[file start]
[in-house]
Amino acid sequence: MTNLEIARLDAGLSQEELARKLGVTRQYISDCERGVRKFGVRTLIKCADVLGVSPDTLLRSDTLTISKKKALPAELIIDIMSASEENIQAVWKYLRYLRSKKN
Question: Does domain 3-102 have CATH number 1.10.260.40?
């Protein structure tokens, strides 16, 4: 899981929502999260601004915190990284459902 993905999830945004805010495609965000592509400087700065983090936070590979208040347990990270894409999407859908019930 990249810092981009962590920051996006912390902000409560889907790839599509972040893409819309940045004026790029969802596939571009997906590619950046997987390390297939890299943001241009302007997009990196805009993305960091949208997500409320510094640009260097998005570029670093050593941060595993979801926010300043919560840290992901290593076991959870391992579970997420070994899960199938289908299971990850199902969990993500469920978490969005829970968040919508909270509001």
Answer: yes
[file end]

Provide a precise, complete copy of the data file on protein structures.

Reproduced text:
[in-house]
Amino acid sequence: MTNLEIARLDAGLSQEELARKLGVTRQYISDCERGVRKFGVRTLIKCADVLGVSPDTLLRSDTLTISKKKALPAELIIDIMSASEENIQAVWKYLRYLRSKKN
Question: Does domain 3-102 have CATH number 1.10.260.40?
């Protein structure tokens, strides 16, 4: 899981929502999260601004915190990284459902 993905999830945004805010495609965000592509400087700065983090936070590979208040347990990270894409999407859908019930 990249810092981009962590920051996006912390902000409560889907790839599509972040893409819309940045004026790029969802596939571009997906590619950046997987390390297939890299943001241009302007997009990196805009993305960091949208997500409320510094640009260097998005570029670093050593941060595993979801926010300043919560840290992901290593076991959870391992579970997420070994899960199938289908299971990850199902969990993500469920978490969005829970968040919508909270509001």
Answer: yes